Focussed squarely on putting a Scottish twist on American barbecue classics, the interior is decked out heavily in wood, with rustic tables and benches.Their menu is all about slow-cooked, smoked meats. I was tickled to see the vegetarian options included a smoked veggie haggis, which sounded rather intriguing.
However, I settled upon sampling the meaty delights, sourced from East Lothian butcher J Gilmour. I opted for a tub of burnt ends (essentially extra-smoked brisket) with sides of fries and baked beans.Everything, including the range of condiments, is made on the premises by the friendly and chatty counter folks.
Items arrived without delay, neatly presented in Vegware tubs. The chips were crunchy to the point of just being shards, rather than containing any soft potato filling. They reminded me of Chipsticks so I really rather enjoyed them, but I’m not 100% convinced they were supposed to be quite that crunchy.The brisket had good flavour and the gravy was really tasty. Some of the chunks of beef could have been a little more tender, so there was some room for improvement, but it was a satisfying eat. The beans were pretty good, too.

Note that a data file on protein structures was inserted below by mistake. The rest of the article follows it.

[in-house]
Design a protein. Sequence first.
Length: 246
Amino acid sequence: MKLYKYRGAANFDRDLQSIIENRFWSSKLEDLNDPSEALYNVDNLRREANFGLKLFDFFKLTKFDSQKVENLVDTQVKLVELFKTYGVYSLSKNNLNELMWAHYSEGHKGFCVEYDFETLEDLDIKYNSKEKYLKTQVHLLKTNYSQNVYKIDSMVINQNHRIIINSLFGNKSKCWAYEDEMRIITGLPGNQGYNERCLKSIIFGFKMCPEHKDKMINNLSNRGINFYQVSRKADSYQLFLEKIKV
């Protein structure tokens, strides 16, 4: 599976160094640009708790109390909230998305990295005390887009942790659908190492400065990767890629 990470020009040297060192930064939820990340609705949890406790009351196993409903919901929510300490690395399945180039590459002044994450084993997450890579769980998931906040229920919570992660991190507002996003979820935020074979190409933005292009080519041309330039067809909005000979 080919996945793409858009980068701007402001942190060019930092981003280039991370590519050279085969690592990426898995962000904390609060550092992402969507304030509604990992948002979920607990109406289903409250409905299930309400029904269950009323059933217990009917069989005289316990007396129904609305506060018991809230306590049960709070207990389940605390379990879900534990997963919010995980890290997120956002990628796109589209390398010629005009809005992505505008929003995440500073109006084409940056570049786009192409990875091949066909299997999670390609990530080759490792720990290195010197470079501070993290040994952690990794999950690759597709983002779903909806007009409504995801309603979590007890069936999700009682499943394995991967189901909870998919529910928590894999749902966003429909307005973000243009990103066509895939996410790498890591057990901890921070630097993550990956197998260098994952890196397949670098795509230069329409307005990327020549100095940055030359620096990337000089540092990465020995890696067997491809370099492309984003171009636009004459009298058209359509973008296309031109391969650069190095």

The highlight, though, was the condiment selection, which was genuinely impressive. The tomato ketchup was excellent and both of the comedy Scottish sauce twists, the Irn Bru BBQ sauce and the Buckfast brown sauce, worked really well.
So overall, I enjoyed my visit to Reekie’s Smokehouse. It’s starting life from a good position and there’s an opportunity for them to build a really compelling offering. Aside from their quirky opening hours, my only major concern is that this is a notoriously tricky location. I’ll be back for another visit, soon, so I recommend that you give it a try and see what you think.
Blythe scores Reekie’s Smokehouse
3.5/5 for food
3.5/5 for presentation
3.5/5 for setting
3.5/5 for service
giving an overall 14/20
I ate: brisket burnt ends, baked beans, fries
I drank: water
I wore: black brogues
Total bill: £11